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Magy Seb. 2007 Aug;60(4):210-4.

[Antegrade colonic enema is a choice for the treatment of faecal incontinence and constipation].

[Article in Hungarian]

Author information

1
Szent Rókus Kórház, Sebészeti Osztály, Budapest. Lesi@t-online.hu

Abstract

Faecal incontinence and constipation cannot always be treated successfully by conservative or surgical methods. In these cases regular retrograde colonic enema can reduce the symptoms of the patients and can establish pseudocontinence. The authors present a method of colon cleaning which has been used successfully. The method was introduced in clinical practice by Malone in 1990. The antegrade enema is administered through the appendicostomy. In cases, where the appendectomy was performed earlier, a neoappendix was created from the coecal wall and used for the irrigation of the colon. During procedure the patients injected tap water (300-450 ml) through the (neo-)appendicostomy with a thin catheter. After a short time period this was followed by passing of the stool. The procedure was performed on twelve patients, five female, and seven male patients (mean age: 39.2 years). The indications for the procedure were the following: faecal incontinence induced by denervation of the pelvic floor in three patients, sphincter trauma in two patients and congenital sphincter malformation in two cases. In addition, combined symptoms of faecal incontinence and constipation caused by pelvic floor denervation in three patients. Finally, intractable constipation was the reason in two patients. After irrigation, the stool was passed, but the functional result was rather variable. Eight out of twelve patients were satisfied with the result, two patients reported improvement in the constipation, but it failed in one case. In another case, the appendicostomy could not have been used due to surgical complications. The stricture of the (neo-)appendicostomy was observed in two cases. Significant reflux occurred only in one case.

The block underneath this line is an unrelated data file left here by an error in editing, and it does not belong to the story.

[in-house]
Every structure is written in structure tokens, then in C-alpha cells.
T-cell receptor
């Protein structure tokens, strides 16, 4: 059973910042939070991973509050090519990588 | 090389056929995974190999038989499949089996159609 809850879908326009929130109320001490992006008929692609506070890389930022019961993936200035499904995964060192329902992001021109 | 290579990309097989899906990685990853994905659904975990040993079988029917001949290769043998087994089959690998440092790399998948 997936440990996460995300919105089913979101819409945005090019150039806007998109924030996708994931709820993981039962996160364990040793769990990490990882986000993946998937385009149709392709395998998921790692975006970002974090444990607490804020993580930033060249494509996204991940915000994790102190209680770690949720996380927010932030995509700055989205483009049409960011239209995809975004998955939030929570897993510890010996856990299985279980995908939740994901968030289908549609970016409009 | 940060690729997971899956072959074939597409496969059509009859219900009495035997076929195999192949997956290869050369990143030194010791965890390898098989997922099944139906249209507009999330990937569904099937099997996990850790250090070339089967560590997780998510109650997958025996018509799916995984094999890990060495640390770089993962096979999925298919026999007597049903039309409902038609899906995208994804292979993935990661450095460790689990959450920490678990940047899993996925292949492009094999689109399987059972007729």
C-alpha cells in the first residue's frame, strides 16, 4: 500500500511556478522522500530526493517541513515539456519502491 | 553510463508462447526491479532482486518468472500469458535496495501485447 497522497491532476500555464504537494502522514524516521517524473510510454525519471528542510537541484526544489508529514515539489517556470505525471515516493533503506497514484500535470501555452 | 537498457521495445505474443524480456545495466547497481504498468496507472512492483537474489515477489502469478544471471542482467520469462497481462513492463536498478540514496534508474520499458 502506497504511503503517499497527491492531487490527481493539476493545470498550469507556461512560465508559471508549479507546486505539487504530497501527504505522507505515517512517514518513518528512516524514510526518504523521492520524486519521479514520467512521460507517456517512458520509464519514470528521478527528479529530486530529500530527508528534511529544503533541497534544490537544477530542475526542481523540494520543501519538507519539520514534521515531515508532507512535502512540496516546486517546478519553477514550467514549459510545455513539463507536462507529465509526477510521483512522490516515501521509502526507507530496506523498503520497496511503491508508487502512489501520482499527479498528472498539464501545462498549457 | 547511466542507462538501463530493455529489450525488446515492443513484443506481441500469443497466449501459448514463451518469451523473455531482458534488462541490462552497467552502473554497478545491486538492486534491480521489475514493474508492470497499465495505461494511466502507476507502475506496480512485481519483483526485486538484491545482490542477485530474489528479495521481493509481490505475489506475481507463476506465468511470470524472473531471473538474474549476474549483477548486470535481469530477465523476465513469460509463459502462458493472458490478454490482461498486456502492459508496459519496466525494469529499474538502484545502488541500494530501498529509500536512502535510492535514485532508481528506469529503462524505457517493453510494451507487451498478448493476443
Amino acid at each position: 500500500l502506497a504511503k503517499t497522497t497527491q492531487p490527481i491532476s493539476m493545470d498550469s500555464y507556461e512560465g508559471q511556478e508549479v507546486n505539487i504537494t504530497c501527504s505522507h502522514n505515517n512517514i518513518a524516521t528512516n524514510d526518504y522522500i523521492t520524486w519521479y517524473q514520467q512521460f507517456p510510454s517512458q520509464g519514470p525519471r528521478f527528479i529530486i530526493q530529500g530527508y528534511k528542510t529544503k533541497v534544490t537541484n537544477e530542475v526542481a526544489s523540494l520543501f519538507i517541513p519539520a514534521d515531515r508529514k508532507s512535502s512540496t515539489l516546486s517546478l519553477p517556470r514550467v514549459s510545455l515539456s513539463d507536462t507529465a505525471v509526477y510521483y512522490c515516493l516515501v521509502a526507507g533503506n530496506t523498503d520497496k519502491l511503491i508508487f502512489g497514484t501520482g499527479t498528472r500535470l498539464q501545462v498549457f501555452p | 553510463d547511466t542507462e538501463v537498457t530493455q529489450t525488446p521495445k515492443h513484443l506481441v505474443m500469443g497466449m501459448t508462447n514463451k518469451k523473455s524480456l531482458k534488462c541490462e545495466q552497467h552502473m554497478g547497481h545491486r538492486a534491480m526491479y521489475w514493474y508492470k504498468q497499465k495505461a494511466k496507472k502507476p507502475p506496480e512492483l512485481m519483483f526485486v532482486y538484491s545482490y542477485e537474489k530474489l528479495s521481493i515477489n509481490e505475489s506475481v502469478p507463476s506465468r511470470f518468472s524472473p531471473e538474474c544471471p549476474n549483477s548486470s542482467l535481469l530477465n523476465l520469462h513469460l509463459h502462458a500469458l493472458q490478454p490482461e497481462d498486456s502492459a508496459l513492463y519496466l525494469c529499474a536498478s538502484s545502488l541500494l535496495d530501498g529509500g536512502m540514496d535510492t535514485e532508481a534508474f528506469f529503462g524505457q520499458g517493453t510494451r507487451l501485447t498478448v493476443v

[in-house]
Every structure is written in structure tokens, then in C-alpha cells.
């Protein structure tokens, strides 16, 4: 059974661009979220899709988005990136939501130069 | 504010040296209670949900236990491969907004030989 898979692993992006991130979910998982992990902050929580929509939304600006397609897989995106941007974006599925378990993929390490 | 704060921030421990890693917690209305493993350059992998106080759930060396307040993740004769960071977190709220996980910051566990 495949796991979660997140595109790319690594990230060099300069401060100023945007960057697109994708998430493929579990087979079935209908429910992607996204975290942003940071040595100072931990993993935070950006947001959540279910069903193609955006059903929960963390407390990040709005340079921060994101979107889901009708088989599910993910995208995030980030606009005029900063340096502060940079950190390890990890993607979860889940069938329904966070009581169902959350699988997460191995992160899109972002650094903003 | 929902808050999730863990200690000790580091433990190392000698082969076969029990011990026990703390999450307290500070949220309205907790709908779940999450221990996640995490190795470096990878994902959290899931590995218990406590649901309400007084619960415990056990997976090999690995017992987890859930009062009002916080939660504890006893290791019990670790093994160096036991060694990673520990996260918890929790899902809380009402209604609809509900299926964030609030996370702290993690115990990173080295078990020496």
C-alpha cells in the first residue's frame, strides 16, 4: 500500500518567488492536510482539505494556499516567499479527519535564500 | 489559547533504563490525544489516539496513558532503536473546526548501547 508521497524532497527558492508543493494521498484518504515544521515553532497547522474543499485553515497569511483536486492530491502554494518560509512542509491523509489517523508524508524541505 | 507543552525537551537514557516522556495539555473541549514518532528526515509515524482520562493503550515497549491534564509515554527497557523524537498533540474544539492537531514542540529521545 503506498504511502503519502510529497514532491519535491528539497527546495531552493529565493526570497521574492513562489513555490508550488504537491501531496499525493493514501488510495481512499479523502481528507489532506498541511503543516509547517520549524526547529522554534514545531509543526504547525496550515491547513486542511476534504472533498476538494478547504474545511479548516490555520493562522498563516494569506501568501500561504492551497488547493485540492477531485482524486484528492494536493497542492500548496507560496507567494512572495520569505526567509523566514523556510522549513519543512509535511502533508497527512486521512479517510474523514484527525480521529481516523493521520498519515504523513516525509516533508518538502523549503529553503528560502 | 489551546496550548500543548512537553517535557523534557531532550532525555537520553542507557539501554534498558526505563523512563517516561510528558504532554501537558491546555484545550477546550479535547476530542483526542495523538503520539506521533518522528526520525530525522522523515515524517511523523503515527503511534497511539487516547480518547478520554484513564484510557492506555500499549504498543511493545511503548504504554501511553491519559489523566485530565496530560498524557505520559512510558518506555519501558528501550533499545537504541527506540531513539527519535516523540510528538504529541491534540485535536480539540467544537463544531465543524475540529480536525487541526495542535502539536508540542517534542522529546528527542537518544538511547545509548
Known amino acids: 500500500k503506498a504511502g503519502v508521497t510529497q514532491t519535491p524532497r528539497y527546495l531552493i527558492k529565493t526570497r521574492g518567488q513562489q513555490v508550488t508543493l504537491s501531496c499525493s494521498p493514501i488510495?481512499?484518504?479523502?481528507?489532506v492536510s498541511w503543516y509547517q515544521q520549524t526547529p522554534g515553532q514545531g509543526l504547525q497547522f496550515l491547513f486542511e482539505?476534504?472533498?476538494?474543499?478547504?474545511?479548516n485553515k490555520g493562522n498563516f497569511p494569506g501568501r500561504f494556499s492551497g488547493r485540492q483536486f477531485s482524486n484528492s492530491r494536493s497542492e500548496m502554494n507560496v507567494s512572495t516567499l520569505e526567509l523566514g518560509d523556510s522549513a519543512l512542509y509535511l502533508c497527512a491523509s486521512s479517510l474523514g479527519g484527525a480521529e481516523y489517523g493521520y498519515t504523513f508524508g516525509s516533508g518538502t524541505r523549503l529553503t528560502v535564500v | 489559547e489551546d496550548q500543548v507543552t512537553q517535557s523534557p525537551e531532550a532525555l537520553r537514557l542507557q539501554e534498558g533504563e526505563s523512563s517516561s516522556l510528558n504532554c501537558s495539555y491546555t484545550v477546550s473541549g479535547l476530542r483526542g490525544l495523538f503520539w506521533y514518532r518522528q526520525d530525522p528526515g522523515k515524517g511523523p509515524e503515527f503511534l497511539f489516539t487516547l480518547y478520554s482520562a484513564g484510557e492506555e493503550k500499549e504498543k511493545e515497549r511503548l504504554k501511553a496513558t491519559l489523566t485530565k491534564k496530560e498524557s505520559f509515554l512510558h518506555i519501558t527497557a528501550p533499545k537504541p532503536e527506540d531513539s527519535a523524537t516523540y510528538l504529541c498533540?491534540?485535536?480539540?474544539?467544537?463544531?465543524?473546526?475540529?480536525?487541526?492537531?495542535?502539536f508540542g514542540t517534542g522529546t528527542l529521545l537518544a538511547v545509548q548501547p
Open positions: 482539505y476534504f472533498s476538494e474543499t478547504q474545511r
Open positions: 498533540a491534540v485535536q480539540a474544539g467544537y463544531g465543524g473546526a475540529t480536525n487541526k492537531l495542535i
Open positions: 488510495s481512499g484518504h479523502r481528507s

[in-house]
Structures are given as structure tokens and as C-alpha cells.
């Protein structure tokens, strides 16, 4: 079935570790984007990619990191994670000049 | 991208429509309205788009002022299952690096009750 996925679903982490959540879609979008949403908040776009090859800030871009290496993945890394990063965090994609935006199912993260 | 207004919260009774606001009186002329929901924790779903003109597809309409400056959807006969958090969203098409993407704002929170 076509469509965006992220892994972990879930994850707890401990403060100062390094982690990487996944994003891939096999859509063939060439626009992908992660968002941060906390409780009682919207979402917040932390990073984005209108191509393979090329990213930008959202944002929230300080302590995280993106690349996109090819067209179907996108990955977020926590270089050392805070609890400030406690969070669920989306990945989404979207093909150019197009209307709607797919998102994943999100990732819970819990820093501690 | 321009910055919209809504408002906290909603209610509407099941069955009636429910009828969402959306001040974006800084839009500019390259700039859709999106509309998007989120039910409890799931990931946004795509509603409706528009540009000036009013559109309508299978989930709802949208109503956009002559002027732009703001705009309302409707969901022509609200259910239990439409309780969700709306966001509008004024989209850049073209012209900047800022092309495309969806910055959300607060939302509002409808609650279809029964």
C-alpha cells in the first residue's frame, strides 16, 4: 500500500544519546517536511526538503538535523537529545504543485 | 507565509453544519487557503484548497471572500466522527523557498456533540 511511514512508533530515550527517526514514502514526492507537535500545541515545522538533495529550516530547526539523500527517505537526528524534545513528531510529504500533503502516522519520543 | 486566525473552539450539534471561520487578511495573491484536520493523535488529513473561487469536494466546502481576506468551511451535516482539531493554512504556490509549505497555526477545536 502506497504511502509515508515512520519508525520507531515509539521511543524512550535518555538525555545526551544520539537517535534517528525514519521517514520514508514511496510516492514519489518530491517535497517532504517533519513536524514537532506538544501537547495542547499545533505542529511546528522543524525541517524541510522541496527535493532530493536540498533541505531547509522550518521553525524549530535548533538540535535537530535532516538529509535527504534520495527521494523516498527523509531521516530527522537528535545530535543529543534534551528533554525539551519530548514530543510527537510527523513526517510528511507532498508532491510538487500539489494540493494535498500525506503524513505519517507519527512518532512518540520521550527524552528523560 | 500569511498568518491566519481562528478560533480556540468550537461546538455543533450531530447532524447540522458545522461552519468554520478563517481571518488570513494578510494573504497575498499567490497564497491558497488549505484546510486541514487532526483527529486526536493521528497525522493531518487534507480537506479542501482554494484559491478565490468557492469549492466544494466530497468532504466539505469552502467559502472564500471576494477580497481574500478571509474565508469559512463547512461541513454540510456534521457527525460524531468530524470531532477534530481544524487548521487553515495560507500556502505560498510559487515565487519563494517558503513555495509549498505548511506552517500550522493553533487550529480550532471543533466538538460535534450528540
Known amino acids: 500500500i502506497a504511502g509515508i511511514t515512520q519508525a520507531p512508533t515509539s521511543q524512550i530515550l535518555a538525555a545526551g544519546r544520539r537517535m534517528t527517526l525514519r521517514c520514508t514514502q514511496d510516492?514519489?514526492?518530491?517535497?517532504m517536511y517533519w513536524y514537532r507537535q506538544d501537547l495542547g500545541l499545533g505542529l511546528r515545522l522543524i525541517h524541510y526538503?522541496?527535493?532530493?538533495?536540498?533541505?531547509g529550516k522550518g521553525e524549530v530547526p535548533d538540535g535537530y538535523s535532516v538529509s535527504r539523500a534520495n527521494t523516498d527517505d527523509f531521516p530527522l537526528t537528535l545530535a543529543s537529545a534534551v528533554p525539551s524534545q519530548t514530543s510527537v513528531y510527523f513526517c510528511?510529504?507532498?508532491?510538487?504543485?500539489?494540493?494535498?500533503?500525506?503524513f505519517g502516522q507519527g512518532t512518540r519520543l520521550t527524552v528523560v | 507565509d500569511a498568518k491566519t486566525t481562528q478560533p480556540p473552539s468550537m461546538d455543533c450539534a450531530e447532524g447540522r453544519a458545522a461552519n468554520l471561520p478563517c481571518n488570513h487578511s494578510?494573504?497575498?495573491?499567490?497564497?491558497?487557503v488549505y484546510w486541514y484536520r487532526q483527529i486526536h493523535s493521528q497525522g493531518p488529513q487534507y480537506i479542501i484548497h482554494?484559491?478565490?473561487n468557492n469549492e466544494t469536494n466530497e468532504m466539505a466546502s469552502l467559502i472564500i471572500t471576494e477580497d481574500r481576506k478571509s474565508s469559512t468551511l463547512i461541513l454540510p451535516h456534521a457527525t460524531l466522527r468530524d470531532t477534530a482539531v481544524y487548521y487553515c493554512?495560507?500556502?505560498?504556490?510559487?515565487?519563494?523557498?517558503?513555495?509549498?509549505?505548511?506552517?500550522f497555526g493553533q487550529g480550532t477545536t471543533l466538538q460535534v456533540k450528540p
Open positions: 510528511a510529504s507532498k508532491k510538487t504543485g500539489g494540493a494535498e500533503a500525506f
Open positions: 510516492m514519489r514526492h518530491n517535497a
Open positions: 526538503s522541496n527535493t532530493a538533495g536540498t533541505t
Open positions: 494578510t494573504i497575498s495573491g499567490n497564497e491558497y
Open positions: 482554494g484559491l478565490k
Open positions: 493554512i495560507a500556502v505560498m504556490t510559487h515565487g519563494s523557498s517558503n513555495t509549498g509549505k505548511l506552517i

CONCLUSION:

after adequate patient selection this method can be applied with success.

PMID:
17931998
DOI:
10.1556/MaSeb.60.2007.4.3
[Indexed for MEDLINE]

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